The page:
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August 28, 2016

Urban Institute to FHA: Stop Overcharging

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Urban Institute to FHA: Stop Overcharging

In a recent blog post, Urban Institute officials argue that the Federal Housing Administration’s high home mortgage insurance premiums are unnecessarily sidelining potential home buyers and forcing new buyers to pay for past buyers’ mistakes.

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Since 2010, the FHA has raised its annual premium 145 percent, which means a borrower with a $200,000 loan must be able to pay $1,600 more per year in fees. As the FHA has raised its insurance premiums and credit score requirements of borrowers, the agency has seen a significant drop in its volume of loans due to the higher costs. The National Association of REALTORS® has estimated that nearly 400,000 creditworthy borrowers were priced out of the housing market in 2013 because of high FHA insurance premiums.

The FHA has increased its fees to make up for a big loss of reserves in its Mutual Mortgage Insurance Fund, which is required to keep a 2 percent capital reserve ratio and which was depleted in the wake of the housing crisis by a high number of defaulted loans. But in recent months, the FHA has gotten back in the black, which has led an increasing number of associations, trade groups, and members of Congress to call for the FHA to lower what it’s charging borrowers.

“Today’s high premiums penalize current borrowers for the pricing and performance of the earlier vintages and the deficit in the reverse mortgage program – the two main causes of the fund’s continuing inability to meet its 2 percent congressionally mandated reserve ratio,” Urban Institute officials write in a recent blog post.

The FHA mortgage program has been a major source of financing for the single-family housing market, particularly minority, low-income, and first-time home buyers.

In an analysis, the Urban Institute analysis shows that the FHA’s fund failed to meet its cash reserve requirement because of poor performance of loans made before and during the financial crisis as well as a shortfall in revenues driven in part by today’s higher premiums. Urban Institute analyzed the FHA’s performance in looking at mortgages that defaulted over the past few years and took into account projected losses the agency would face during normal economic times and stressed periods.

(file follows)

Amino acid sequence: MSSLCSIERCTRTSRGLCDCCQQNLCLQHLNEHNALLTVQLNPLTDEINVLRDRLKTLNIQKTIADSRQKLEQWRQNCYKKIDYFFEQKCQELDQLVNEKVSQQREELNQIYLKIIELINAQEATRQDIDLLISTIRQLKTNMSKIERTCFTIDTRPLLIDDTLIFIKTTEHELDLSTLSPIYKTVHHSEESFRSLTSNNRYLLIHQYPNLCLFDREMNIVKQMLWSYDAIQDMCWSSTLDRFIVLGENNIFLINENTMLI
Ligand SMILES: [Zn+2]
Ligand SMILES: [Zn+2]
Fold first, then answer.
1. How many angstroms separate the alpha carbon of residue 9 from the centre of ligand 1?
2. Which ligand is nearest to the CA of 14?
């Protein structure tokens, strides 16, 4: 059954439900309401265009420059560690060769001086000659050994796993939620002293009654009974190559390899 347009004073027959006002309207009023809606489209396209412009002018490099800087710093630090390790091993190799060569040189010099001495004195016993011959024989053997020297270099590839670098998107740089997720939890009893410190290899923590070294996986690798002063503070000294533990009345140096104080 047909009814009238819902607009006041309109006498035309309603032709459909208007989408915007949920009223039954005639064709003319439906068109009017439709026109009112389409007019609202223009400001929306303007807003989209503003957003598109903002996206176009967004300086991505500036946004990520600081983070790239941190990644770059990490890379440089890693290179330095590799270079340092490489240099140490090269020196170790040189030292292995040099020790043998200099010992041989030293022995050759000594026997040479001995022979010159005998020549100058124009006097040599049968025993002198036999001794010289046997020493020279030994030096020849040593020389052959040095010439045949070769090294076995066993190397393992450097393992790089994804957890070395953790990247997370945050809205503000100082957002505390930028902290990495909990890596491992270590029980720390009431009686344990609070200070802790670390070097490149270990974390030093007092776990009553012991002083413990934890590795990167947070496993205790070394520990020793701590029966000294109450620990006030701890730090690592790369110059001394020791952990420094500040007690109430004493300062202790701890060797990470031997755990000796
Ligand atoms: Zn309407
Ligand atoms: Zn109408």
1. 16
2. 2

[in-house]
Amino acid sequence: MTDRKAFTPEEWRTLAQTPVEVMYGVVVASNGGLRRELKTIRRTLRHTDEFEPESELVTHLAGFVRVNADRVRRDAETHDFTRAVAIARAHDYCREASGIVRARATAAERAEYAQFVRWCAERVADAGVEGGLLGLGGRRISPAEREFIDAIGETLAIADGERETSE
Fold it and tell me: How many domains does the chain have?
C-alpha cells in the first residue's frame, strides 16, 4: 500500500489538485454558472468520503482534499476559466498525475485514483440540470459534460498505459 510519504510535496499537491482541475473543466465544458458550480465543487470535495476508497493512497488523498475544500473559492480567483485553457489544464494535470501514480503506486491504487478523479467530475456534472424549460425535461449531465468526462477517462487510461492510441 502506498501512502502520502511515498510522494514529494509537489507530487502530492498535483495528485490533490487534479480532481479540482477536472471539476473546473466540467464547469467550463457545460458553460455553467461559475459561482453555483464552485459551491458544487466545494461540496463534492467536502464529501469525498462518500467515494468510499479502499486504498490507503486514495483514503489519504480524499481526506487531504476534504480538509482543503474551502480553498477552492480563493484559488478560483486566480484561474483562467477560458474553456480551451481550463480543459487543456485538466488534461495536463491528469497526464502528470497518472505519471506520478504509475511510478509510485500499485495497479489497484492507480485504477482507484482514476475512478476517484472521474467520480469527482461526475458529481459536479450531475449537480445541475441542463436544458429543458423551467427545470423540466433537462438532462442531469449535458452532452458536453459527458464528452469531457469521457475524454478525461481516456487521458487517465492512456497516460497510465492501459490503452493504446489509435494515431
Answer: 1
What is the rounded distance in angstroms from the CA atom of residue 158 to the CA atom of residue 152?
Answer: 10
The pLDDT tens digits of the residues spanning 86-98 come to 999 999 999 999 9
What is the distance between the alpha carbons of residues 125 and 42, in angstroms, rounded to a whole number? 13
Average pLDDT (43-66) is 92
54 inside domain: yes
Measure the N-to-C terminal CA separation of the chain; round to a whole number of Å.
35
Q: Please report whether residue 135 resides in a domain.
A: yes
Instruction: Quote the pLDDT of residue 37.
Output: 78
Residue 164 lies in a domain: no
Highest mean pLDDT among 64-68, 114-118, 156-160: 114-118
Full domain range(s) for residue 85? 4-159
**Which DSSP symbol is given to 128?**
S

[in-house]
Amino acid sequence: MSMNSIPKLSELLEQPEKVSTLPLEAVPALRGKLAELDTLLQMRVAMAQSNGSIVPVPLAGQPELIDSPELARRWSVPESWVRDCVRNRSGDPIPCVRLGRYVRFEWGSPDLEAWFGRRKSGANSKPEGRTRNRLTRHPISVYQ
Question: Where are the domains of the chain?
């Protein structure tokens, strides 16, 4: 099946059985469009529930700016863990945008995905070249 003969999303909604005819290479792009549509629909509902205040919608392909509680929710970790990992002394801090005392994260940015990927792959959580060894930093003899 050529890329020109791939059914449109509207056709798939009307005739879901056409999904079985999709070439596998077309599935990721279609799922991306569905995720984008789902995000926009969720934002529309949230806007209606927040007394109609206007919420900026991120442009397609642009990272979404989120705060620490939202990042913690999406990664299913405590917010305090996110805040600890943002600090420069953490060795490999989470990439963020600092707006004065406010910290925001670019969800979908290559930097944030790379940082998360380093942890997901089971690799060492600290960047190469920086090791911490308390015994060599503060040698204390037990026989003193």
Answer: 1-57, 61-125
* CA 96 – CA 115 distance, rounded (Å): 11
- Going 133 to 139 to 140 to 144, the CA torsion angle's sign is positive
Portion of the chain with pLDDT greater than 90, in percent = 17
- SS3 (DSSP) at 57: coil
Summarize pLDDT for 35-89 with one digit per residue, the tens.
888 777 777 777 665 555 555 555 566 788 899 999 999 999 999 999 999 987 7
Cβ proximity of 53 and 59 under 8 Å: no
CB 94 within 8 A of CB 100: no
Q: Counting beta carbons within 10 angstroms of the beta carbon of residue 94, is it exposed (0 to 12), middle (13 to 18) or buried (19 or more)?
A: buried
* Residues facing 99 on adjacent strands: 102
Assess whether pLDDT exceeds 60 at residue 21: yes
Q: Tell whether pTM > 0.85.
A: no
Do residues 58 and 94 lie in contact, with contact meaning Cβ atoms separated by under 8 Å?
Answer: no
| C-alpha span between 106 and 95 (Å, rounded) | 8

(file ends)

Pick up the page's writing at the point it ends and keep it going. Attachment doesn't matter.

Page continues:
“If the FHA’s ultimate goal is to break even with each vintage, there is a room for a significant premium cut,” Urban Institute researchers note from its analysis. “Even if [the agency] succeeds in taking on a much broader book, with a greater number of higher risk borrowers and expected losses, the FHA could cut annual premiums in half, from 1.35 percent to 0.65 percent, and still break even.”

The FHA's MMI fund is still well below its federally mandated reserve ratio. But Urban Institute researchers ask: Should the FHA continue to overcharge new borrowers to make up for undercharging older ones?

“Maintaining higher premiums leads many of the FHA’s better credit borrowers into alternative channels, leading to less revenue and a more costly credit mix,” Urban Institute officials note in the blog post based on their analysis.

Instead, they argue, it would make more sense for the FHA to make up the shortfall in reserve funds more gradually and price new business more appropriately for the risk.

“Rather than attempting to make $5.7–$6.8 billion with its 2015 book of business (depending on how quickly the desired mix is achieved), it would serve the FHA better to lower the premiums and achieve the reserve at a more gradual pace,” Urban Institute officials note. “If the FHA lowered the annual premium on the 2015 book to 0.9 percent, it would make $2.0–$3.1 billion, depending on the loan mix. While that may not be the right number, we believe the wisest course of action is some reduction in the insurance premium, with the exact amount depending on the FHA’s own internal estimates and policy preferences.”

Source: “FHA: Time to Stop Overcharging Today’s Borrowers for Yesterday’s Mistakes,” Urban Institute Metro Trends Blog (Jan. 6, 2015)